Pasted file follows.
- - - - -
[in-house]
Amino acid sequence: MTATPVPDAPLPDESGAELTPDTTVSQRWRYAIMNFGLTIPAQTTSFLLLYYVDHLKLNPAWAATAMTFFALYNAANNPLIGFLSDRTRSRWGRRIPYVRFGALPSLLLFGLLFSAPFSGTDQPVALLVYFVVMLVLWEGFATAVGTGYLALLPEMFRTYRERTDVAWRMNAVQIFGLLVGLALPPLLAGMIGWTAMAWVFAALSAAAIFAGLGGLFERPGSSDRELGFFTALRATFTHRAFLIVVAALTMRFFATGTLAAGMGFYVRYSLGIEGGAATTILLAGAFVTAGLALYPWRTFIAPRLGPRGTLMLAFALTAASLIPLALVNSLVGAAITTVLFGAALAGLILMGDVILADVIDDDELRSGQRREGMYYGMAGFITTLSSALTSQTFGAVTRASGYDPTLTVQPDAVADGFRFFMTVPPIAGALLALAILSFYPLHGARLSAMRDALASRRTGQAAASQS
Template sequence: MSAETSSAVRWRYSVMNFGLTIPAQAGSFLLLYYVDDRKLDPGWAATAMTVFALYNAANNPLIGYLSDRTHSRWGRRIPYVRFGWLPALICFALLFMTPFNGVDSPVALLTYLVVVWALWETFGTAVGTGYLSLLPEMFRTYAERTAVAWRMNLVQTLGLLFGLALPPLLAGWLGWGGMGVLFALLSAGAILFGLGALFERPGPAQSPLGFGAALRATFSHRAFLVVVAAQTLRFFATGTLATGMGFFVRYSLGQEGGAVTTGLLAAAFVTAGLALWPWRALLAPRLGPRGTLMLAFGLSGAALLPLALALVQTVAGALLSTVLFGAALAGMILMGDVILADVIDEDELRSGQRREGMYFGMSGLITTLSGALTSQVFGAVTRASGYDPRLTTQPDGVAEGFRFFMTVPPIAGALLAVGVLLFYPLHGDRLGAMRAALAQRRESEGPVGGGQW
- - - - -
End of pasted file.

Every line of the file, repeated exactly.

[in-house]
Amino acid sequence: MTATPVPDAPLPDESGAELTPDTTVSQRWRYAIMNFGLTIPAQTTSFLLLYYVDHLKLNPAWAATAMTFFALYNAANNPLIGFLSDRTRSRWGRRIPYVRFGALPSLLLFGLLFSAPFSGTDQPVALLVYFVVMLVLWEGFATAVGTGYLALLPEMFRTYRERTDVAWRMNAVQIFGLLVGLALPPLLAGMIGWTAMAWVFAALSAAAIFAGLGGLFERPGSSDRELGFFTALRATFTHRAFLIVVAALTMRFFATGTLAAGMGFYVRYSLGIEGGAATTILLAGAFVTAGLALYPWRTFIAPRLGPRGTLMLAFALTAASLIPLALVNSLVGAAITTVLFGAALAGLILMGDVILADVIDDDELRSGQRREGMYYGMAGFITTLSSALTSQTFGAVTRASGYDPTLTVQPDAVADGFRFFMTVPPIAGALLALAILSFYPLHGARLSAMRDALASRRTGQAAASQS
Template sequence: MSAETSSAVRWRYSVMNFGLTIPAQAGSFLLLYYVDDRKLDPGWAATAMTVFALYNAANNPLIGYLSDRTHSRWGRRIPYVRFGWLPALICFALLFMTPFNGVDSPVALLTYLVVVWALWETFGTAVGTGYLSLLPEMFRTYAERTAVAWRMNLVQTLGLLFGLALPPLLAGWLGWGGMGVLFALLSAGAILFGLGALFERPGPAQSPLGFGAALRATFSHRAFLVVVAAQTLRFFATGTLATGMGFFVRYSLGQEGGAVTTGLLAAAFVTAGLALWPWRALLAPRLGPRGTLMLAFGLSGAALLPLALALVQTVAGALLSTVLFGAALAGMILMGDVILADVIDEDELRSGQRREGMYFGMSGLITTLSGALTSQVFGAVTRASGYDPRLTTQPDGVAEGFRFFMTVPPIAGALLAVGVLLFYPLHGDRLGAMRAALAQRRESEGPVGGGQW